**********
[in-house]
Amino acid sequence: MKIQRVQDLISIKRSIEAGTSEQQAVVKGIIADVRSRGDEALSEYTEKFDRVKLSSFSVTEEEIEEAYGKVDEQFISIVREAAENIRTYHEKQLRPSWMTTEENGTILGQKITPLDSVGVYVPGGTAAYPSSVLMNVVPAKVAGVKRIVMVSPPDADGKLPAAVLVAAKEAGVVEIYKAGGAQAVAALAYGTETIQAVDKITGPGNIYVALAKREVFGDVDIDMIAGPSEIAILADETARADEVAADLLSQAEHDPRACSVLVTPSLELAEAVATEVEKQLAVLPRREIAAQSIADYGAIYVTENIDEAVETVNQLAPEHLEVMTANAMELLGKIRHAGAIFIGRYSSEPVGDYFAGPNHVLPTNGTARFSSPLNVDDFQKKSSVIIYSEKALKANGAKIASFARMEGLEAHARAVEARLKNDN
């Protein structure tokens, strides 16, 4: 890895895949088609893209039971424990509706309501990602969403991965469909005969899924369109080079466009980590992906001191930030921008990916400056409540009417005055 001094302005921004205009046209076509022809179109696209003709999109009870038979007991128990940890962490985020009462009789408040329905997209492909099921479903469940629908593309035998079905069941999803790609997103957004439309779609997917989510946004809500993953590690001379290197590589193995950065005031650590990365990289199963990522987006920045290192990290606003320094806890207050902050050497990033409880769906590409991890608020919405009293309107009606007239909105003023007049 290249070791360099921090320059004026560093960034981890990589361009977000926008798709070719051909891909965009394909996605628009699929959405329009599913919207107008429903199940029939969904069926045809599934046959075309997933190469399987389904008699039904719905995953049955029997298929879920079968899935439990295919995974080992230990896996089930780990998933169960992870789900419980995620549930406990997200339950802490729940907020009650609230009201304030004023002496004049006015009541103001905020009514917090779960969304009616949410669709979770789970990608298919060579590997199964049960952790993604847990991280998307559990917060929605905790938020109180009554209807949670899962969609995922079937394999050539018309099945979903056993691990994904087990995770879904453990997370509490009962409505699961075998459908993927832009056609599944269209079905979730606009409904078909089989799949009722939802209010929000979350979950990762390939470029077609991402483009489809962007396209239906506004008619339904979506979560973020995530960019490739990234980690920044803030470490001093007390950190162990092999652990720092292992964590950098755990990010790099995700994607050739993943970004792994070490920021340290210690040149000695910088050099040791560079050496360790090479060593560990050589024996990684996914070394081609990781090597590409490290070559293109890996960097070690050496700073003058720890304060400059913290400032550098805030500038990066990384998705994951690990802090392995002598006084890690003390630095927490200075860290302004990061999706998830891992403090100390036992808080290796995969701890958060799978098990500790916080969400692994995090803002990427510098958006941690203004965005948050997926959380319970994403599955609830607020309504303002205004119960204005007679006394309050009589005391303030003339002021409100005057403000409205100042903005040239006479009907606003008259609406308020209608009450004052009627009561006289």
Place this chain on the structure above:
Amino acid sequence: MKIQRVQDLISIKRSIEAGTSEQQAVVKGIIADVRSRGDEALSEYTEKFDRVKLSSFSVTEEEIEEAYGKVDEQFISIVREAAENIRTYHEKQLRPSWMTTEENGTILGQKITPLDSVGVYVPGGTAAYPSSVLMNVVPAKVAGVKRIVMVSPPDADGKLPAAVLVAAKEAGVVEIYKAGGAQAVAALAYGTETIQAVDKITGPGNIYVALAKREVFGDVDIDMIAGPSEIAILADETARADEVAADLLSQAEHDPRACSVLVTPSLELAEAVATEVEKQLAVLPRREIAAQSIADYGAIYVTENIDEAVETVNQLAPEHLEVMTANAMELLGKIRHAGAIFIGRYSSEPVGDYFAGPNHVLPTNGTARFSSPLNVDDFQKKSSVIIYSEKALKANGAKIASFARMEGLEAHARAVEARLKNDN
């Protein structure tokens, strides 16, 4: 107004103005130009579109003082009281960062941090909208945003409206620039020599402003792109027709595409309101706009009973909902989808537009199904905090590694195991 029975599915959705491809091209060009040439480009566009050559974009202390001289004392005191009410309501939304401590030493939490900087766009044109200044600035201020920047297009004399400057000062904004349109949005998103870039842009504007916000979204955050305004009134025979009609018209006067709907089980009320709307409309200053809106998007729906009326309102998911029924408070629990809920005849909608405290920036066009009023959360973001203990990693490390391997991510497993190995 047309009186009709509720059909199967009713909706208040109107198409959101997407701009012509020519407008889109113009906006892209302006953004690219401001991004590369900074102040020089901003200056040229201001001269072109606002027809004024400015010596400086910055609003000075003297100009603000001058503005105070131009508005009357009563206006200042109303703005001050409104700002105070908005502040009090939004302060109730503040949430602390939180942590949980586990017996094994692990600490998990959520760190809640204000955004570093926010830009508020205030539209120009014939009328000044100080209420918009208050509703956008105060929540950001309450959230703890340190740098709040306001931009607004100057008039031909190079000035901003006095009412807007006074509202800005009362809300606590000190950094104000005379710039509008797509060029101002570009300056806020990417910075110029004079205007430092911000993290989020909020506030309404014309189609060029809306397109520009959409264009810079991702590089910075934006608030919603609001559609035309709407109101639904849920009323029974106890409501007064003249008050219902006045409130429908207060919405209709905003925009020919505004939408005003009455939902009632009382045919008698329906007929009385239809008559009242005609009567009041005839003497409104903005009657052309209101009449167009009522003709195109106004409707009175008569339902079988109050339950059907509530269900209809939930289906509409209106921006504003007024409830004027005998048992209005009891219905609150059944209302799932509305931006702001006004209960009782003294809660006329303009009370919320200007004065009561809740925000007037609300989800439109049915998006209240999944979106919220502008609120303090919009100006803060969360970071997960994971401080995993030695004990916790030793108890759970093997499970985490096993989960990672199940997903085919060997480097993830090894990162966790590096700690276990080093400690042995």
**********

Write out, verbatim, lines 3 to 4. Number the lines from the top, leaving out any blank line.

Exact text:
């Protein structure tokens, strides 16, 4: 890895895949088609893209039971424990509706309501990602969403991965469909005969899924369109080079466009980590992906001191930030921008990916400056409540009417005055 001094302005921004205009046209076509022809179109696209003709999109009870038979007991128990940890962490985020009462009789408040329905997209492909099921479903469940629908593309035998079905069941999803790609997103957004439309779609997917989510946004809500993953590690001379290197590589193995950065005031650590990365990289199963990522987006920045290192990290606003320094806890207050902050050497990033409880769906590409991890608020919405009293309107009606007239909105003023007049 290249070791360099921090320059004026560093960034981890990589361009977000926008798709070719051909891909965009394909996605628009699929959405329009599913919207107008429903199940029939969904069926045809599934046959075309997933190469399987389904008699039904719905995953049955029997298929879920079968899935439990295919995974080992230990896996089930780990998933169960992870789900419980995620549930406990997200339950802490729940907020009650609230009201304030004023002496004049006015009541103001905020009514917090779960969304009616949410669709979770789970990608298919060579590997199964049960952790993604847990991280998307559990917060929605905790938020109180009554209807949670899962969609995922079937394999050539018309099945979903056993691990994904087990995770879904453990997370509490009962409505699961075998459908993927832009056609599944269209079905979730606009409904078909089989799949009722939802209010929000979350979950990762390939470029077609991402483009489809962007396209239906506004008619339904979506979560973020995530960019490739990234980690920044803030470490001093007390950190162990092999652990720092292992964590950098755990990010790099995700994607050739993943970004792994070490920021340290210690040149000695910088050099040791560079050496360790090479060593560990050589024996990684996914070394081609990781090597590409490290070559293109890996960097070690050496700073003058720890304060400059913290400032550098805030500038990066990384998705994951690990802090392995002598006084890690003390630095927490200075860290302004990061999706998830891992403090100390036992808080290796995969701890958060799978098990500790916080969400692994995090803002990427510098958006941690203004965005948050997926959380319970994403599955609830607020309504303002205004119960204005007679006394309050009589005391303030003339002021409100005057403000409205100042903005040239006479009907606003008259609406308020209608009450004052009627009561006289």
Place this chain on the structure above: